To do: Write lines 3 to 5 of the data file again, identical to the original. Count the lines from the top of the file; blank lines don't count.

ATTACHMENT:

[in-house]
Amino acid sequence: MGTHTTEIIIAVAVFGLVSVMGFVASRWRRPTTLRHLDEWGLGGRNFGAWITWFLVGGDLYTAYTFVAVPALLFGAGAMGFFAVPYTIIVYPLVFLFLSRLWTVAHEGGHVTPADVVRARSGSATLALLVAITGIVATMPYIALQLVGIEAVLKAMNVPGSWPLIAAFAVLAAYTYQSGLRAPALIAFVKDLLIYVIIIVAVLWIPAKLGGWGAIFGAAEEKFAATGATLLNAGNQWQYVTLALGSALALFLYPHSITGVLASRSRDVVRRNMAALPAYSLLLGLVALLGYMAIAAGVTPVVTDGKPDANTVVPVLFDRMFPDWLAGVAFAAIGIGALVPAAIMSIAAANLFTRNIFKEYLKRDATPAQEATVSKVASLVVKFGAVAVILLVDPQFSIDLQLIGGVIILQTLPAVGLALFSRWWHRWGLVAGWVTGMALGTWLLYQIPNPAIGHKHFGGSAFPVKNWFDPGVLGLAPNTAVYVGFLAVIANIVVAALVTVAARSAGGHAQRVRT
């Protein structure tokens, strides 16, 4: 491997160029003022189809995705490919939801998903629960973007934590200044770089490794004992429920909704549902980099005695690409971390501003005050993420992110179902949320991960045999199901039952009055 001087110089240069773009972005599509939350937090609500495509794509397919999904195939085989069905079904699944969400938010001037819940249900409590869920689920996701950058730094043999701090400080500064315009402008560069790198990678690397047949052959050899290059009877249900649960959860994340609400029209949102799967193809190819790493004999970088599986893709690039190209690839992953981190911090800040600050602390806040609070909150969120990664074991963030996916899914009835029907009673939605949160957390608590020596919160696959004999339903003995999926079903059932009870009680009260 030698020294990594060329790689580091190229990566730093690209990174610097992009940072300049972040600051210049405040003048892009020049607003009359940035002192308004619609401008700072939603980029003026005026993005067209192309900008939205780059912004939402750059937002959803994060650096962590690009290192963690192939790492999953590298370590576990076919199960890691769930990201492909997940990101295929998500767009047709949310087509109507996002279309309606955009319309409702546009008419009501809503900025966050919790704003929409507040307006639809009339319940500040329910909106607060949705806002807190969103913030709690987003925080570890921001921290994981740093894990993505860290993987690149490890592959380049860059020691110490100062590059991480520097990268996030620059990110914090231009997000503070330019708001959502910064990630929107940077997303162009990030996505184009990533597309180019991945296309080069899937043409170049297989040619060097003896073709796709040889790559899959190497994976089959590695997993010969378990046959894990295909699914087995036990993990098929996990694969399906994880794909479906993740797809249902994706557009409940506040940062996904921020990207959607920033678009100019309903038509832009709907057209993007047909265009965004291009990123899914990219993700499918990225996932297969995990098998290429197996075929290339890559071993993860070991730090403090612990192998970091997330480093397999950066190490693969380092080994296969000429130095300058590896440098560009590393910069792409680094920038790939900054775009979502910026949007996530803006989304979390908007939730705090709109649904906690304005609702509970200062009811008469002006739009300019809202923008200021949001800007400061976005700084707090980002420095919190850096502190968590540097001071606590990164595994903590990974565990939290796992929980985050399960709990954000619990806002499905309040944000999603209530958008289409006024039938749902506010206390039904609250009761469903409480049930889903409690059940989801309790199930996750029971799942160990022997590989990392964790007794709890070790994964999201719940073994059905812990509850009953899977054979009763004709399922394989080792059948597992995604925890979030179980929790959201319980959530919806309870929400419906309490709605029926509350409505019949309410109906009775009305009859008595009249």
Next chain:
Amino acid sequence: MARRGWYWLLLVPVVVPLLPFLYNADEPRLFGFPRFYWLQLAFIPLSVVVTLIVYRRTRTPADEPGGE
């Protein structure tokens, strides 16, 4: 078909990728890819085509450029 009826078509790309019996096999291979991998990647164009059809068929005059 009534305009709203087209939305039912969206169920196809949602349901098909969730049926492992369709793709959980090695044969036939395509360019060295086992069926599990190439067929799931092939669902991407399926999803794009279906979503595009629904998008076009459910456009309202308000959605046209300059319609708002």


């Protein structure tokens, strides 16, 4: 491997160029003022189809995705490919939801998903629960973007934590200044770089490794004992429920909704549902980099005695690409971390501003005050993420992110179902949320991960045999199901039952009055 001087110089240069773009972005599509939350937090609500495509794509397919999904195939085989069905079904699944969400938010001037819940249900409590869920689920996701950058730094043999701090400080500064315009402008560069790198990678690397047949052959050899290059009877249900649960959860994340609400029209949102799967193809190819790493004999970088599986893709690039190209690839992953981190911090800040600050602390806040609070909150969120990664074991963030996916899914009835029907009673939605949160957390608590020596919160696959004999339903003995999926079903059932009870009680009260 030698020294990594060329790689580091190229990566730093690209990174610097992009940072300049972040600051210049405040003048892009020049607003009359940035002192308004619609401008700072939603980029003026005026993005067209192309900008939205780059912004939402750059937002959803994060650096962590690009290192963690192939790492999953590298370590576990076919199960890691769930990201492909997940990101295929998500767009047709949310087509109507996002279309309606955009319309409702546009008419009501809503900025966050919790704003929409507040307006639809009339319940500040329910909106607060949705806002807190969103913030709690987003925080570890921001921290994981740093894990993505860290993987690149490890592959380049860059020691110490100062590059991480520097990268996030620059990110914090231009997000503070330019708001959502910064990630929107940077997303162009990030996505184009990533597309180019991945296309080069899937043409170049297989040619060097003896073709796709040889790559899959190497994976089959590695997993010969378990046959894990295909699914087995036990993990098929996990694969399906994880794909479906993740797809249902994706557009409940506040940062996904921020990207959607920033678009100019309903038509832009709907057209993007047909265009965004291009990123899914990219993700499918990225996932297969995990098998290429197996075929290339890559071993993860070991730090403090612990192998970091997330480093397999950066190490693969380092080994296969000429130095300058590896440098560009590393910069792409680094920038790939900054775009979502910026949007996530803006989304979390908007939730705090709109649904906690304005609702509970200062009811008469002006739009300019809202923008200021949001800007400061976005700084707090980002420095919190850096502190968590540097001071606590990164595994903590990974565990939290796992929980985050399960709990954000619990806002499905309040944000999603209530958008289409006024039938749902506010206390039904609250009761469903409480049930889903409690059940989801309790199930996750029971799942160990022997590989990392964790007794709890070790994964999201719940073994059905812990509850009953899977054979009763004709399922394989080792059948597992995604925890979030179980929790959201319980959530919806309870929400419906309490709605029926509350409505019949309410109906009775009305009859008595009249």
Next chain:
Amino acid sequence: MARRGWYWLLLVPVVVPLLPFLYNADEPRLFGFPRFYWLQLAFIPLSVVVTLIVYRRTRTPADEPGGE